Wednesday, May 6, 2009

Before News Crumbles to Dust

Printer and journalist John Peter Zenger surely thought the printing press would forever be the information organ of choice and necessity back in his time, but I wonder if he ever contemplated the future limitations of any words put to paper.
For instance, take newspaper clippings. Better yet, take my newspaper clippings. They only go back to the early sixties, stored securely in plastic bags -- yet, the oldest have become annoyingly yellowed, brittle and flaky. And there are so many. If removed from the bags and stacked flat on the floor, they would easily surpass two feet in height. The earliest clippings date back to 1964, literally a year dominated in UFO lore by the Socorro, New Mexico landed object and occupants reportedly witnessed by patrolman Lonnie Zamora.

Researchers in the UFO area (please don't, ever, refer to us as "UFO experts," truly a meaningless and silly term used primarily by the media, worthy only to be shunned by those who take their work seriously) were often encouraged over the years to donate their life's collection of valuable historical news clippings to this organization or that. The jewel in all of this is the fact that individual researchers' collections also tend to contain local and regional stories that national archives wouldn't even know about. Trouble is, some of the organizations themselves tend to go belly up, and storage for those left to clean up the mess is tough, if not impossible.

Enter the computer and scanner. I just finished a months-long chore of putting hundreds of old LP records and 45s into digital format, and I scanned as much album information as I could manage. The project achieved far more success than anticipated, but if I never again have the need to convert vinyl to digital in an overwhelmingly boring process, that's fine with me. But now, the news clipping dilemma. As surely as the sun will rise tomorrow and influence climate change far more than anything Al Gore can summon up in a speech, my old clippings are disintegrating like vampires into dust.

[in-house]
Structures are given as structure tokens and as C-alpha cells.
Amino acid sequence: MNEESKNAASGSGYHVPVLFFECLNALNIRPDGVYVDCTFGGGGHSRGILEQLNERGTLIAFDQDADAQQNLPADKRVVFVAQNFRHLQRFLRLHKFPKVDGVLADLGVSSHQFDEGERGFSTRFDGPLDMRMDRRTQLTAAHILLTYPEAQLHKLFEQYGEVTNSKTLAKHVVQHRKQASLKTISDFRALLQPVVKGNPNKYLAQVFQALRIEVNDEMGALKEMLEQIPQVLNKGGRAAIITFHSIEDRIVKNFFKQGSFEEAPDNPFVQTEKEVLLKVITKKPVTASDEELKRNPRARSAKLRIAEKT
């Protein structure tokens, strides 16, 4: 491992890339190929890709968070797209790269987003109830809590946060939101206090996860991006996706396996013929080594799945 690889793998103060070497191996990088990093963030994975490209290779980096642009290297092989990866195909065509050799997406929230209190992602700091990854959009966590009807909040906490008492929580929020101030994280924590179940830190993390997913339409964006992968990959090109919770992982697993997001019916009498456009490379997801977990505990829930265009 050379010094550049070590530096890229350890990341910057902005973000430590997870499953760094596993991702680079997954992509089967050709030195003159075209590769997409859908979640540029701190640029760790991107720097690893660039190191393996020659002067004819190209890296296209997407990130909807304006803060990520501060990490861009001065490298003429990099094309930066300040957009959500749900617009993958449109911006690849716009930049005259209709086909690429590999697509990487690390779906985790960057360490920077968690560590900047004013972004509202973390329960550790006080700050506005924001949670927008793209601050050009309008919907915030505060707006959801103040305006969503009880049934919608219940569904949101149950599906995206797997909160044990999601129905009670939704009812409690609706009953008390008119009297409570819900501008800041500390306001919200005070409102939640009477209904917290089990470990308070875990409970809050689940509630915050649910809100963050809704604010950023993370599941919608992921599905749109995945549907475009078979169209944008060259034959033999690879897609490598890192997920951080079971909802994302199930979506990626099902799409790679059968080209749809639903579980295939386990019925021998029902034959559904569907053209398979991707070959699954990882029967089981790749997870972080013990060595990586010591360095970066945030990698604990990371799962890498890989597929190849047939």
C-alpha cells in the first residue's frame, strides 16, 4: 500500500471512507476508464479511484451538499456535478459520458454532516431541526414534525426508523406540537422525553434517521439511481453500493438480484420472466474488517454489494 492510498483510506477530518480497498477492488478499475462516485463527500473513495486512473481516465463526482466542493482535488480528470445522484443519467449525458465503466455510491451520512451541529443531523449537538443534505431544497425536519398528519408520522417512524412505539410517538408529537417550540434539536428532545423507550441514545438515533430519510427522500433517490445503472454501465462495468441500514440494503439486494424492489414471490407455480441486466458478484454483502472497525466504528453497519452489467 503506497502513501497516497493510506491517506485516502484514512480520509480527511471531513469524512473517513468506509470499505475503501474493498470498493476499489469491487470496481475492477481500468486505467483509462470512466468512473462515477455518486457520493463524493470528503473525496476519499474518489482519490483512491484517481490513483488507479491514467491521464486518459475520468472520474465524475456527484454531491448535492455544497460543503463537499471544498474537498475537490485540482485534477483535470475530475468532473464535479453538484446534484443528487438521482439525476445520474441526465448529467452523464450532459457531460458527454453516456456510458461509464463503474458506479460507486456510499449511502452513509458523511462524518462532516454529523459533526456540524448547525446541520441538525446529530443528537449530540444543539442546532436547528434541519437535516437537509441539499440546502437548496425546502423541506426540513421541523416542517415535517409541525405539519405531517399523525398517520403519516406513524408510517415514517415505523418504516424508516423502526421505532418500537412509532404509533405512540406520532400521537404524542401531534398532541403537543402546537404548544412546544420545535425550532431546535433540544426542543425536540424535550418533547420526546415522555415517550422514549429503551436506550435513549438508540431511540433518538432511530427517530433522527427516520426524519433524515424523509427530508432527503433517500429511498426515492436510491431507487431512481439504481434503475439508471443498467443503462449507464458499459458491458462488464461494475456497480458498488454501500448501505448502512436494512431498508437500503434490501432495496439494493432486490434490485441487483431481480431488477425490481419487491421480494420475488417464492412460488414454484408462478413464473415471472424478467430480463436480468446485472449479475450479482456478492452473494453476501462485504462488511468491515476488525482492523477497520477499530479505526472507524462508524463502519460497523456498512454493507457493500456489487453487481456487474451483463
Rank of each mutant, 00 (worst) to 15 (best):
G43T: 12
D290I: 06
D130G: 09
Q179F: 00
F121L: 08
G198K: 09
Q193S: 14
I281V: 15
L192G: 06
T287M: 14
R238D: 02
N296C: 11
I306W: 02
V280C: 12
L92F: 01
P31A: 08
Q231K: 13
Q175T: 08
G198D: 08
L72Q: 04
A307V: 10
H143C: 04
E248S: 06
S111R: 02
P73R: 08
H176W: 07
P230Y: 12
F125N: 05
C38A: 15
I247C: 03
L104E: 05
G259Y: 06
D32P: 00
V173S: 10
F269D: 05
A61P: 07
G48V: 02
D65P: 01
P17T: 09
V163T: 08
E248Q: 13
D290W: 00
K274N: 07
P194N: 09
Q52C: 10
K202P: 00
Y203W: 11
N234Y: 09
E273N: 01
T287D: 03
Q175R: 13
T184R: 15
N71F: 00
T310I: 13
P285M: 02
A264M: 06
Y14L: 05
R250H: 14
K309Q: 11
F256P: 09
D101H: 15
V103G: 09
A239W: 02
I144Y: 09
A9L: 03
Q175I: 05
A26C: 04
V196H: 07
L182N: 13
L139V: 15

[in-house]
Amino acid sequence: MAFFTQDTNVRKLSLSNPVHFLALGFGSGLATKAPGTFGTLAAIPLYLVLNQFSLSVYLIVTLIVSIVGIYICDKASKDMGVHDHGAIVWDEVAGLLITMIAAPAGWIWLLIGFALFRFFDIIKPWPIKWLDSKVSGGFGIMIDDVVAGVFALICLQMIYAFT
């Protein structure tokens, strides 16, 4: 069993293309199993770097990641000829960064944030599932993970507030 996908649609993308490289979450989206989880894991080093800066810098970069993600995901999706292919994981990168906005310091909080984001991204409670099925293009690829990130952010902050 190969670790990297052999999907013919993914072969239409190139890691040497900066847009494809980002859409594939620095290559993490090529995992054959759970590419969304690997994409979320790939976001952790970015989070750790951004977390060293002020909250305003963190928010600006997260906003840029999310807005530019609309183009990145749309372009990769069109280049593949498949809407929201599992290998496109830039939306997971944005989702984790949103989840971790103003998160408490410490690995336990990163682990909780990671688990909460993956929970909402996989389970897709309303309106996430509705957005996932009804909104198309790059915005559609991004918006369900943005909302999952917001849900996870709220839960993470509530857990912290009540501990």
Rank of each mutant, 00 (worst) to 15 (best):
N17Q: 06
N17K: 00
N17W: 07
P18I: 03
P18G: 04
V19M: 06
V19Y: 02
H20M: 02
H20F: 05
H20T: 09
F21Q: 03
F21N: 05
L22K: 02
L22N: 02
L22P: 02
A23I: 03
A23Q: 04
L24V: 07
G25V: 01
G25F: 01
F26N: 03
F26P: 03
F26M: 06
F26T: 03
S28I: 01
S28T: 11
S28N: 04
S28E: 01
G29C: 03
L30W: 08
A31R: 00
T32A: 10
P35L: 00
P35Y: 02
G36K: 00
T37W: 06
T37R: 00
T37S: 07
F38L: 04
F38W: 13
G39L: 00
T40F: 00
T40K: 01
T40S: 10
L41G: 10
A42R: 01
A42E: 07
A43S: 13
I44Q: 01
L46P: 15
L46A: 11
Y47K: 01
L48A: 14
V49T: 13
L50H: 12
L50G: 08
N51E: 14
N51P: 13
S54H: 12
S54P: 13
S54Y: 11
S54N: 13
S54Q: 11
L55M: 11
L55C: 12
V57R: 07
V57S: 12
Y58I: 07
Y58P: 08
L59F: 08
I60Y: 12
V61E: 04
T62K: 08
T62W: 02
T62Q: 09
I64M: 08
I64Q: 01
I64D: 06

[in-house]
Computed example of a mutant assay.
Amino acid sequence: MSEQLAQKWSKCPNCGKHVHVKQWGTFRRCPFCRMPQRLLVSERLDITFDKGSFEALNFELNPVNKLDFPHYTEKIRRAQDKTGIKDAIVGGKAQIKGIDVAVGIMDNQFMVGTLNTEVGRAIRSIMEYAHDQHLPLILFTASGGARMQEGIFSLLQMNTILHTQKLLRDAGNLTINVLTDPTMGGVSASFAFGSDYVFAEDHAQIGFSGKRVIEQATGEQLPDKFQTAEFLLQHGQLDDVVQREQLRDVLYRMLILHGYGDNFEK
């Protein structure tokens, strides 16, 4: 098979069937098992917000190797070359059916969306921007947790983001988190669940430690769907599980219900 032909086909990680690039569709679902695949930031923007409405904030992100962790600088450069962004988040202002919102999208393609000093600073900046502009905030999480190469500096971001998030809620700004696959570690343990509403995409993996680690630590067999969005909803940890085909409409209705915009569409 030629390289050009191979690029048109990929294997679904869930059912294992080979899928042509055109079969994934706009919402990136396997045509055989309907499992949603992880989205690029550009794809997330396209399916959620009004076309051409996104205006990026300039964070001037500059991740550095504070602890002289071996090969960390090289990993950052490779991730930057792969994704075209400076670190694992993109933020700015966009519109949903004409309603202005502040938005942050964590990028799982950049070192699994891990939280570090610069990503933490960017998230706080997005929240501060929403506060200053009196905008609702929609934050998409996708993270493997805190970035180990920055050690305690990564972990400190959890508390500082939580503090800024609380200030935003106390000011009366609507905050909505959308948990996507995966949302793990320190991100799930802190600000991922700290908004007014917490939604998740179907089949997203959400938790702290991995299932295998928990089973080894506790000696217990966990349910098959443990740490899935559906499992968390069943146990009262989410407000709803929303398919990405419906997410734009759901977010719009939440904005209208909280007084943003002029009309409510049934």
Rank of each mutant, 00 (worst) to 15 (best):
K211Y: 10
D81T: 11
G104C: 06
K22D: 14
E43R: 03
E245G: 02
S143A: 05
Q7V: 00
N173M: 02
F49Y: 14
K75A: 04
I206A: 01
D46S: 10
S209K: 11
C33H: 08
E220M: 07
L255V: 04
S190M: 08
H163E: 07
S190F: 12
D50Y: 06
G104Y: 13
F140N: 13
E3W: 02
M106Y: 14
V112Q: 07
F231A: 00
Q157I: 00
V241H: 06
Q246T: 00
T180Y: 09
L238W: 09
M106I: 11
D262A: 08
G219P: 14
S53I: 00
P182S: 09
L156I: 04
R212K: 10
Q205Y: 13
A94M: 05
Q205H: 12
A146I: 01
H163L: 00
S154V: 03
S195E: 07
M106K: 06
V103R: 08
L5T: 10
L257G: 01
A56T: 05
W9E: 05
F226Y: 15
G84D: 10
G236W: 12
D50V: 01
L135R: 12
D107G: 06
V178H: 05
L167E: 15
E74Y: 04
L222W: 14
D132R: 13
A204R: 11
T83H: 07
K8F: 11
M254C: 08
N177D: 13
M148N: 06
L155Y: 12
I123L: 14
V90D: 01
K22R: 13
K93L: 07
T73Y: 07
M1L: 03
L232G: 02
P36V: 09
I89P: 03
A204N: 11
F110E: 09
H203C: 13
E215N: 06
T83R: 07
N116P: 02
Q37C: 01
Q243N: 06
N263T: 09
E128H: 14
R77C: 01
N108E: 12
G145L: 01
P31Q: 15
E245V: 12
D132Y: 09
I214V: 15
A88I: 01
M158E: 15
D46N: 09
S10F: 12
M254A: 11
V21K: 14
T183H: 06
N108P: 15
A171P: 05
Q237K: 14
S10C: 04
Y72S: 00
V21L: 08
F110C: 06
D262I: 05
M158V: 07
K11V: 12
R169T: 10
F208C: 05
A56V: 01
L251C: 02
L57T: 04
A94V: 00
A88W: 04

So the "fun" has begun, I'm off and running with this newest computer project, and I hate every minute of it. Newspaper articles have to fit properly for the scan, and if some columns extend too far they must be cut or moved to another page or resized in some manner. Folded clippings decades old have no desire to sacrifice now-permanent creases in order to look pretty and usable for the scanner, thus the daily battle is on as I try everything except ironing them into flaming newsprint.

Someday, I'll take the digital sum total and donate the neatly performed scans to libraries, historical associations and universities, if they'll have them. This is important stuff. History, at the very least, and evidence of science yet unknown, at the very most.

I think. . .I think I'll reference some of the older things in this blog now and then. I can't reproduce actual scans of clippings here because of copyrights and permission I have tried to obtain and was firmly denied -- but I can discuss them. We'll see where this goes.